Kemper went on to add, “I believe strongly in the values of kindness, integrity and inclusiveness. I try to live my life in accordance with these values. If my experience is an indication that organizations and institutions with pasts that fall short of these beliefs should be held to account, then I have to see this experience in a positive light.”

Allahpundit puts her Grave Offense in context:

When she was 19 years old, she participated in something called the “Veiled Prophet Ball,” a debutante soiree in St. Louis. That ball had been started by a former Confederate officer in the 19th century and excluded blacks and Jews for years but was integrated in 1979, a year before Kemper was born. She took part in 1999, making her guilty of nothing more than enjoying an institution that used to be racist but no longer was.

Which virtually every other American is also guilty of. How many institutions in this country that pre-date, say, the 1950s have a spotless record on race? If Kemper has to apologize, shouldn’t everyone who’s golfed at a country club built before the 1980s need to apologize too?

I guess that’s the idea. Today, Kemper, tomorrow, the golfers.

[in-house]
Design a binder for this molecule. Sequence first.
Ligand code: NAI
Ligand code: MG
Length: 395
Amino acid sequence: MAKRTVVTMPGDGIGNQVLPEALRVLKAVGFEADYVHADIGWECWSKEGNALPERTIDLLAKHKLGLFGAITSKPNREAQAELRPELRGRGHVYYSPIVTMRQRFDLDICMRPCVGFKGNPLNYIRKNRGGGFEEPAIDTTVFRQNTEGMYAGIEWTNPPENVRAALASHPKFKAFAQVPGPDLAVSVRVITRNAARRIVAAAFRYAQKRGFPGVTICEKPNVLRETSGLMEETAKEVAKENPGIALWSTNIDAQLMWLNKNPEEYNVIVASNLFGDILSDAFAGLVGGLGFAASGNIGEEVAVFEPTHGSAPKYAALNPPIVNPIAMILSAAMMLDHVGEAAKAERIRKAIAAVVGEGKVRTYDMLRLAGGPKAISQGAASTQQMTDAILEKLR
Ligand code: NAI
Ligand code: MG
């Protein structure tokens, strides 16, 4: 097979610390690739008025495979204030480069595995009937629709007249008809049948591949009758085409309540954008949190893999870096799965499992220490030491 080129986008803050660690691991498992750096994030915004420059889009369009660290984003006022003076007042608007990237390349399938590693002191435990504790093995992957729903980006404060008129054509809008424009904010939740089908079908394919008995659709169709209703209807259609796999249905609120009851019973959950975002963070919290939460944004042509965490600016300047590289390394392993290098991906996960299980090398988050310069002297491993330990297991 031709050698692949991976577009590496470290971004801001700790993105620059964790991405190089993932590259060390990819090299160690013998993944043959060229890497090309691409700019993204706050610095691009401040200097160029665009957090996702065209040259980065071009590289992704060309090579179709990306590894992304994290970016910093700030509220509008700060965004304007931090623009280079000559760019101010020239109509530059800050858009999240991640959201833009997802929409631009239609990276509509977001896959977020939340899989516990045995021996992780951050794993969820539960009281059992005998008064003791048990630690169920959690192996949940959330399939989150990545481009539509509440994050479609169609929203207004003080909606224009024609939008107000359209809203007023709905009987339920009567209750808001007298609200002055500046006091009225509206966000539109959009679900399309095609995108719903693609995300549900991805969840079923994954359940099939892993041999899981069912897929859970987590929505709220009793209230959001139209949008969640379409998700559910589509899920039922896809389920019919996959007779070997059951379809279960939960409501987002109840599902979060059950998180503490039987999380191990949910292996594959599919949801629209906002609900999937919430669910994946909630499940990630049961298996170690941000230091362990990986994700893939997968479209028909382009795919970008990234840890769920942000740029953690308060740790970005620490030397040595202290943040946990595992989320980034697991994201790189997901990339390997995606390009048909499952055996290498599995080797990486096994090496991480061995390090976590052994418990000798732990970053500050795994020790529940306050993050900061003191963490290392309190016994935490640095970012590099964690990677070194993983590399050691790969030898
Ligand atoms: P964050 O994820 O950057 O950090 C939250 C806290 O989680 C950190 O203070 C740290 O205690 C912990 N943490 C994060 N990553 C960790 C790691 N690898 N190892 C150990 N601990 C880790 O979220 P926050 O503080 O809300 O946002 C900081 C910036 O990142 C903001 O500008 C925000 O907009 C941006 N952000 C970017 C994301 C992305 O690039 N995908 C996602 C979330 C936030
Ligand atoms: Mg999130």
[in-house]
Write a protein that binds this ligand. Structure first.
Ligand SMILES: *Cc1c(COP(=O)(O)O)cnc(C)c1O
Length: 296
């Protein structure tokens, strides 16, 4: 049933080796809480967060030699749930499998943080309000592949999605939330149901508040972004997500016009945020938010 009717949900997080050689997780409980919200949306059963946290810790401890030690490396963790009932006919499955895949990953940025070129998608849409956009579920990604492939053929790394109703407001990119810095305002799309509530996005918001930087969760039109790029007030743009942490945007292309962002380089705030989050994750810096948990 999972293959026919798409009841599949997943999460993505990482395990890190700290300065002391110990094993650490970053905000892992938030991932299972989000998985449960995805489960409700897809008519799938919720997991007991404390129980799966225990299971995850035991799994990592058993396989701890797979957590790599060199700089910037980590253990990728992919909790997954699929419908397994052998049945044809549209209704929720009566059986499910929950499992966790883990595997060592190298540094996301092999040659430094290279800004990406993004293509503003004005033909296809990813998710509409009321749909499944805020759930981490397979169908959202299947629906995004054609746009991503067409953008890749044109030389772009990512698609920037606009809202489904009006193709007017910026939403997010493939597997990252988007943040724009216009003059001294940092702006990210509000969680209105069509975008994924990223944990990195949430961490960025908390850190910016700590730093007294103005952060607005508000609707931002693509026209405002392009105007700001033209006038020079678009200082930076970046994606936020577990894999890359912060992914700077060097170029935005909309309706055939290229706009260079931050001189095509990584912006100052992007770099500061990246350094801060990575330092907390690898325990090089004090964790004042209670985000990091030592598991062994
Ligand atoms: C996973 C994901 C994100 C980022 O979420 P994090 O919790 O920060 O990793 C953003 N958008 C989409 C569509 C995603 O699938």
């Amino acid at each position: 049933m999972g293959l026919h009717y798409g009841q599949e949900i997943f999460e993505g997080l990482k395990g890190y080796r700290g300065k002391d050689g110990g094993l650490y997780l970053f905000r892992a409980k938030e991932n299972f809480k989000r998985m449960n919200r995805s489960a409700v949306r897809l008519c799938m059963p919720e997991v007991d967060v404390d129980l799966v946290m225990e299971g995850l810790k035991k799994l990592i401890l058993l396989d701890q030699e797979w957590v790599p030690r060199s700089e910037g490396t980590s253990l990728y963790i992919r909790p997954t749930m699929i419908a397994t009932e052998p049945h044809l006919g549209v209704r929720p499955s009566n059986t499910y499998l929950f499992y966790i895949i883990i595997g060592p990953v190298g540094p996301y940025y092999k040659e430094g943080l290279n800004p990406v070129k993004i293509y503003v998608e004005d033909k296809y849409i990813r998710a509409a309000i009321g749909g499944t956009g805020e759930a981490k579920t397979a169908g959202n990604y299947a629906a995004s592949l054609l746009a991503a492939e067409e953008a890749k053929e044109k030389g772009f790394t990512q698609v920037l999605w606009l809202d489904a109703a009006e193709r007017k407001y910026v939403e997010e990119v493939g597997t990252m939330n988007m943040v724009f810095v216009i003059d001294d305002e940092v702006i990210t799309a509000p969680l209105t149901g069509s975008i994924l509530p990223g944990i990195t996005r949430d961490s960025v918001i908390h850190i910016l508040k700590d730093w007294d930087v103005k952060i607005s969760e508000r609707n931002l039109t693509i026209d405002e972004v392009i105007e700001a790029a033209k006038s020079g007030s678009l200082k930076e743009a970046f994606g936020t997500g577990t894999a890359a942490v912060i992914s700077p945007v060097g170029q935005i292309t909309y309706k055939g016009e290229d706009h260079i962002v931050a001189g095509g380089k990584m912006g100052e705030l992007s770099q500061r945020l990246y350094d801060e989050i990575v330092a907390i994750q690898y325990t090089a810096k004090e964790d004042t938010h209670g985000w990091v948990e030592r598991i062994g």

Any institution in which you voluntarily participate, that has any sort of questionable background, now makes you — personally — subject to being labeled a racist. Do you shop at a supermarket? How dare you. Don’t you know that supermarkets have “chased white, suburban customers at the expense of black communities in urban areas”? And there you are, helping them oppress the downtrodden minority. You dirty racist.

I recently wrote a newsletter that attacks the simplistic framework you have been sold that employers typically reject resumes with black names. The argument is subtle, revolving around issues related to socio-economic status, and Nic and I have been discussing it comments to my post about it. One thing that occurred to me this morning, though, is how easily such an argument could be seized upon by Twitter and twisted into something it isn’t (“Patterico says everyone with a distinctively black name is low class!! FIRE HIM!!!1!”).

This sort of thing doesn’t just degrade the discourse, it makes it positively dangerous to discuss or do almost anything. You don’t even have try to be controversial to be a victim of this. For Ellie Kemper, this nontroversy was like a bolt of lightning out of the sky. And if you don’t engage in some apologetic theatrics in response (Allahpundit notes the “struggle session vibe” to Kemper’s remarks) there is a real danger that society will target you for some kind of mass shunning.

I’m not a fan of the term “cancel culture” given its abuse by Trumpist righties. But whatever you call it, there is a very real, twisted phenomenon out there that causes someone like Ellie Kemper to feel she must “apologize” for having done absolutely nothing wrong 22 years ago.